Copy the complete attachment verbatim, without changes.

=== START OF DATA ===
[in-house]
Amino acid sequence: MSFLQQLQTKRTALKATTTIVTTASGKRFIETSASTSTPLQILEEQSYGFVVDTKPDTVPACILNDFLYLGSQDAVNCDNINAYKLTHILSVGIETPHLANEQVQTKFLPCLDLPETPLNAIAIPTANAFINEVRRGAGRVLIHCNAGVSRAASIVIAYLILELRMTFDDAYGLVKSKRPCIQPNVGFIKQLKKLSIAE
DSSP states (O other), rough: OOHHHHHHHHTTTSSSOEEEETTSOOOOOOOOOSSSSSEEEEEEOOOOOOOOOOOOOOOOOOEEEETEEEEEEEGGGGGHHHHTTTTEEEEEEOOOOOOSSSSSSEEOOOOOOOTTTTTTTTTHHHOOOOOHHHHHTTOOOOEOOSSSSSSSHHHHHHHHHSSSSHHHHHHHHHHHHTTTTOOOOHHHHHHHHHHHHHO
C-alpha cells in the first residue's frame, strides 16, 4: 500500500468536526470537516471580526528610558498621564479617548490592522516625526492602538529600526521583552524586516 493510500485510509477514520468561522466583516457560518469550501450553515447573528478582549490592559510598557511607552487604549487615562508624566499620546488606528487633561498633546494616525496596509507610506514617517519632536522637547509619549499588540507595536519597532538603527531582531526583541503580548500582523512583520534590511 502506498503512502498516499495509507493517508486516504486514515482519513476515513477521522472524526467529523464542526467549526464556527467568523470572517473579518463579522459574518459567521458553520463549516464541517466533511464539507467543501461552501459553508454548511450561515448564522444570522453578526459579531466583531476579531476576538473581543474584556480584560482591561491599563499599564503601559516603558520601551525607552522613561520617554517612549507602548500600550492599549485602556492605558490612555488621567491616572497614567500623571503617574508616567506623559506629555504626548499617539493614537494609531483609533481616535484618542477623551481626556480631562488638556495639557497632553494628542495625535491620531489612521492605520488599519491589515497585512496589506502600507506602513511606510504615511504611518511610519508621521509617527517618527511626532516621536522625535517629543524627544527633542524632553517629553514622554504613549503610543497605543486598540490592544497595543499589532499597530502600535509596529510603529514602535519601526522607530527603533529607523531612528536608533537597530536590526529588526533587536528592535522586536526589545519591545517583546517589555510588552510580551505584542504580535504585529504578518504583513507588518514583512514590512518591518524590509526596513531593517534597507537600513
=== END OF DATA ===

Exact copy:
[in-house]
Amino acid sequence: MSFLQQLQTKRTALKATTTIVTTASGKRFIETSASTSTPLQILEEQSYGFVVDTKPDTVPACILNDFLYLGSQDAVNCDNINAYKLTHILSVGIETPHLANEQVQTKFLPCLDLPETPLNAIAIPTANAFINEVRRGAGRVLIHCNAGVSRAASIVIAYLILELRMTFDDAYGLVKSKRPCIQPNVGFIKQLKKLSIAE
DSSP states (O other), rough: OOHHHHHHHHTTTSSSOEEEETTSOOOOOOOOOSSSSSEEEEEEOOOOOOOOOOOOOOOOOOEEEETEEEEEEEGGGGGHHHHTTTTEEEEEEOOOOOOSSSSSSEEOOOOOOOTTTTTTTTTHHHOOOOOHHHHHTTOOOOEOOSSSSSSSHHHHHHHHHSSSSHHHHHHHHHHHHTTTTOOOOHHHHHHHHHHHHHO
C-alpha cells in the first residue's frame, strides 16, 4: 500500500468536526470537516471580526528610558498621564479617548490592522516625526492602538529600526521583552524586516 493510500485510509477514520468561522466583516457560518469550501450553515447573528478582549490592559510598557511607552487604549487615562508624566499620546488606528487633561498633546494616525496596509507610506514617517519632536522637547509619549499588540507595536519597532538603527531582531526583541503580548500582523512583520534590511 502506498503512502498516499495509507493517508486516504486514515482519513476515513477521522472524526467529523464542526467549526464556527467568523470572517473579518463579522459574518459567521458553520463549516464541517466533511464539507467543501461552501459553508454548511450561515448564522444570522453578526459579531466583531476579531476576538473581543474584556480584560482591561491599563499599564503601559516603558520601551525607552522613561520617554517612549507602548500600550492599549485602556492605558490612555488621567491616572497614567500623571503617574508616567506623559506629555504626548499617539493614537494609531483609533481616535484618542477623551481626556480631562488638556495639557497632553494628542495625535491620531489612521492605520488599519491589515497585512496589506502600507506602513511606510504615511504611518511610519508621521509617527517618527511626532516621536522625535517629543524627544527633542524632553517629553514622554504613549503610543497605543486598540490592544497595543499589532499597530502600535509596529510603529514602535519601526522607530527603533529607523531612528536608533537597530536590526529588526533587536528592535522586536526589545519591545517583546517589555510588552510580551505584542504580535504585529504578518504583513507588518514583512514590512518591518524590509526596513531593517534597507537600513